OPINION: $15 hourly wage isn’t livable anywhere in the U.S.


Despite making more than double the federal minimum wage, families relying on $15 an hour wouldn’t make enough to cover necessities such as food, rent and health care


The federal minimum wage has remained at $7.25 an hour for the past 12 years. Despite years of debate over a raise to $15 per hour, and a recent focus in Congress on increasing wages, even if that increase was implemented it is no longer enough to support the average American family.

A new report from USAFacts (https://usafacts.org/articles/minimum-wage-15-day) shows that single-earner households making $15 an hour would take two years working every weekday to make what the average family spends annually.

The analysis focuses on the middle 20 percent of income earners and compares a $15 an hour wage to the average family’s expenses such as health care, food and housing using the data compiled from the Internal Revenue Service, the Bureau of Labor and the Census Bureau from 2018, the most recent year with full data.

Among those U.S. households, 71 percent rely primarily on a single earner for the family.

Although average family expenses differ from state to state, the data shows that no family relying on a single $15 hourly income could afford average annual expenses anywhere in the U.S.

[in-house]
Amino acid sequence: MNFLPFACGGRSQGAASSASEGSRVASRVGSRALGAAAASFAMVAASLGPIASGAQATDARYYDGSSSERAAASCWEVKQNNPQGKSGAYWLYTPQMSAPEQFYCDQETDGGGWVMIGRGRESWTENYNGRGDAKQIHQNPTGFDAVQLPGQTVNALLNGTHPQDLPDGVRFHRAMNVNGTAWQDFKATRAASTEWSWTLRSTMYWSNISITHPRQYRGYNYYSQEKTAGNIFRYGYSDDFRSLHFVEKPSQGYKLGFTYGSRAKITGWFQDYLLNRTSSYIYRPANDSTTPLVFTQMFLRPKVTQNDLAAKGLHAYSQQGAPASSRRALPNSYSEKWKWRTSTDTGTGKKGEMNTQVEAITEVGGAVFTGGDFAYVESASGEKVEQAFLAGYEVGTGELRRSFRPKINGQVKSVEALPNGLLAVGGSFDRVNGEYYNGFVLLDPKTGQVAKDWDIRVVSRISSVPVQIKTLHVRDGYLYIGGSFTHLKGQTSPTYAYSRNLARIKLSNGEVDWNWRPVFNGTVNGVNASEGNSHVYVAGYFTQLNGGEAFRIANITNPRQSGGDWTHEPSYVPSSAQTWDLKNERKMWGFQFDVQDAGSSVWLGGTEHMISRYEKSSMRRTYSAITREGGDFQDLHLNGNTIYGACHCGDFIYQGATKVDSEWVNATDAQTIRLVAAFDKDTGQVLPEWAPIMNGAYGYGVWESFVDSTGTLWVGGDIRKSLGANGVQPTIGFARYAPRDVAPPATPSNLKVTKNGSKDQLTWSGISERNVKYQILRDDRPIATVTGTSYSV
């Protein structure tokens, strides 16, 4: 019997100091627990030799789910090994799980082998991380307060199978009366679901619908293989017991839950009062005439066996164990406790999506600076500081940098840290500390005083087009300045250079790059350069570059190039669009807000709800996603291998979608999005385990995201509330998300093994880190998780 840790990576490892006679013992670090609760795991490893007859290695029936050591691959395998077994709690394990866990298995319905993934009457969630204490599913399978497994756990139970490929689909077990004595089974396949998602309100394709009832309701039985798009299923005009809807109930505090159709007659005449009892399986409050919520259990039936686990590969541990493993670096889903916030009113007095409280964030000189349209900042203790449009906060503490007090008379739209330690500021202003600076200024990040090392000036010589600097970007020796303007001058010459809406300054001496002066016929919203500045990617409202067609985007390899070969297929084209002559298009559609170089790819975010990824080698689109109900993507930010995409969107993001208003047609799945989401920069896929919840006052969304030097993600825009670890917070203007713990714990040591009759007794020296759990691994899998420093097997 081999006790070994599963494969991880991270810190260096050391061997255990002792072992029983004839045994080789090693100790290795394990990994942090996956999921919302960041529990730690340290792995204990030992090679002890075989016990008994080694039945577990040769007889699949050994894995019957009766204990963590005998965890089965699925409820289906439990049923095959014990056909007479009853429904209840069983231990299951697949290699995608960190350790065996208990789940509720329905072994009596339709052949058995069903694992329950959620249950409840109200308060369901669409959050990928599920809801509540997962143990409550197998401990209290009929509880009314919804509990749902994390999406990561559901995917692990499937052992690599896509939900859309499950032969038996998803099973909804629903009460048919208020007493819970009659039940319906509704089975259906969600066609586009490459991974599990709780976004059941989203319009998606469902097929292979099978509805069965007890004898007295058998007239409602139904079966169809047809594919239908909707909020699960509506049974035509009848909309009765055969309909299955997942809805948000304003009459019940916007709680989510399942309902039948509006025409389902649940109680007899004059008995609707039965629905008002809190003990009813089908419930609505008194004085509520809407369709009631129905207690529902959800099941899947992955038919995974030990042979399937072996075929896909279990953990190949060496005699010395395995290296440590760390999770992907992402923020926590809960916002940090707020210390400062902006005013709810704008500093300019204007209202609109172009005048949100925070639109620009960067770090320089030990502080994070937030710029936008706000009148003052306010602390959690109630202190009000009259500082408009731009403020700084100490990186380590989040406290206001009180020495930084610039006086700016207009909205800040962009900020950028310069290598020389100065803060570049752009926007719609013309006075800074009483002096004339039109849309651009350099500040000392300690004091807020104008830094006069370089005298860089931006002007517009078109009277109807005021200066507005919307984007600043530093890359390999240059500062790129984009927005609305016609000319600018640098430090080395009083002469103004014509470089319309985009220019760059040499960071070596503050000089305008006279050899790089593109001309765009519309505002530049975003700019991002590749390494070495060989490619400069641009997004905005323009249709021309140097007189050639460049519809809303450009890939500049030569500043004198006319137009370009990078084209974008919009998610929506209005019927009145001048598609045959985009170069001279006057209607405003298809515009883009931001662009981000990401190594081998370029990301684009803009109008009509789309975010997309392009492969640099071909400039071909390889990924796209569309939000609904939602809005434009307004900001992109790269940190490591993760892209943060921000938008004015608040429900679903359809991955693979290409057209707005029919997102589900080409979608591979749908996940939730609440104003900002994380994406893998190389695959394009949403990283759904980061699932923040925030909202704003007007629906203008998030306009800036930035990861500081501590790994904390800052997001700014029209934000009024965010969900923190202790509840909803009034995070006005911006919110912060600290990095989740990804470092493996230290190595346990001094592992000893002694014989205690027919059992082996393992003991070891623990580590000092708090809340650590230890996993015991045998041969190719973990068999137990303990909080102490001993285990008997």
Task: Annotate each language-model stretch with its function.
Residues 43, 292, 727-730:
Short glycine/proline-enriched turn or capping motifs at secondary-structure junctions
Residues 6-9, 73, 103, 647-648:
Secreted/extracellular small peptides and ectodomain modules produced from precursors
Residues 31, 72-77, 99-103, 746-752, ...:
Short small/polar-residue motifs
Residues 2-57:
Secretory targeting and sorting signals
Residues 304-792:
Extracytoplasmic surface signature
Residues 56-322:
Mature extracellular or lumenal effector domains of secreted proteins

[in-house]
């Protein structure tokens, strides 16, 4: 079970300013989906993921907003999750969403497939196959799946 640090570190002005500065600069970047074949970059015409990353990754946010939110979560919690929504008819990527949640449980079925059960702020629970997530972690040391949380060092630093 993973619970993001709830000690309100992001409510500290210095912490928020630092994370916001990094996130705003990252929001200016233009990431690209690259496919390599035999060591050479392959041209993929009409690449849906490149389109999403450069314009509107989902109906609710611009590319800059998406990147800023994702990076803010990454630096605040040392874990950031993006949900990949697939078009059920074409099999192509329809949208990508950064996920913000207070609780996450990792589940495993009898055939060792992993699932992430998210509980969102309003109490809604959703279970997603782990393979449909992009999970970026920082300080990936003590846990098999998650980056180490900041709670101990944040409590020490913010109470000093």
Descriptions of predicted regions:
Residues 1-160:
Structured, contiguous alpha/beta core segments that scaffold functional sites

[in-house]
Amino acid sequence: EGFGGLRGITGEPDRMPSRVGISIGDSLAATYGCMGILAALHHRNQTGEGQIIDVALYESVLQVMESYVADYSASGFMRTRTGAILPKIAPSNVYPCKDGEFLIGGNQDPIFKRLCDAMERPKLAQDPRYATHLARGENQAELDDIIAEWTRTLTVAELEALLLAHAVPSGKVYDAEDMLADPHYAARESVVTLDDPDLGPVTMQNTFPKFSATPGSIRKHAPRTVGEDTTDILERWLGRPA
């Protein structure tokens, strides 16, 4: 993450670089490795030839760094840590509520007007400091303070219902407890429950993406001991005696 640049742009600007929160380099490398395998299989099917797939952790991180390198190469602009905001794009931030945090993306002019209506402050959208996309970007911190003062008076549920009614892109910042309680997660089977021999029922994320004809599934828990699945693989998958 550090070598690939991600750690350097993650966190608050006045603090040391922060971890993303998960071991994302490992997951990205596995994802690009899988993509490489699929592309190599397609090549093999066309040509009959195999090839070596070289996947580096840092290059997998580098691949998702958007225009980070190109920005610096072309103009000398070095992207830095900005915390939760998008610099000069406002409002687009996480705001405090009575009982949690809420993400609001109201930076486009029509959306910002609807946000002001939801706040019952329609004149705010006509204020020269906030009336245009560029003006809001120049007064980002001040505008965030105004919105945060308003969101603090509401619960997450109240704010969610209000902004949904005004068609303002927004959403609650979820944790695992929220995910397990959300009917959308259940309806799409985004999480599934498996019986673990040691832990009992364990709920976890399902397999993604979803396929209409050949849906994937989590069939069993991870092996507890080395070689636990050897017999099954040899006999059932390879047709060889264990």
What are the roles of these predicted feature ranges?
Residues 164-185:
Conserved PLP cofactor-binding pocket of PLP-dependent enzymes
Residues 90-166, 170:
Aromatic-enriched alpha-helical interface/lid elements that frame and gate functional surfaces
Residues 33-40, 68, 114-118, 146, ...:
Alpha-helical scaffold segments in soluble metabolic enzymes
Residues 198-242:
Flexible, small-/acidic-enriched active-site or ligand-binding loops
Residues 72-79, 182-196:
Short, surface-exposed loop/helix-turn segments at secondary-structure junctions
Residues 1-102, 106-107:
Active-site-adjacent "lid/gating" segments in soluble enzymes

In Mississippi, the state with the lowest average family expenses, it would take 72 full workweeks at $15 an hour to cover expenses, and the state’s current minimum wage is only $7.25 an hour. In Washington, D.C., with the highest average family spending, it would take more than two and a half years.

Only nine states and Washington, D.C., have, or are in the process of, implementing a $15 per hour minimum wage, according to the National Conference of State Legislatures. Even if a $15 federal minimum wage was signed into law, American families relying on a single minimum-wage earner would only bring in about half the money needed to cover average basic expenses each year.

Although many states are on track to increase their minimum wages to between $10 and $13 an hour, basic necessities such as rent on a two-bedroom apartment would require an hourly take-home pay of $24.90 per hour just to be affordable.

(EDITOR’S NOTE: Missouri voters in 2018 approved a plan to gradually raise the minimum wage by 85 cents an hour until it reaches $12 an hour in 2023. The current minimum wage in Missouri is $10.30.

(Illinois raised its minimum wage to $10 an hour in 2020 and $11 an hour this year, and is set to raise it by $1 a year until it reaches $15 in 2025.)

In an executive order in April, President Joe Biden required federal contractors to pay their employees $15 per hour by March 2022.

Biden had included an increase to the minimum wage in an early version of the American Rescue Plan Act, but it was removed from the final text.

(Braeden Waddell is an investigative reporter for U.S. News & World Report, where this article was originally published.)


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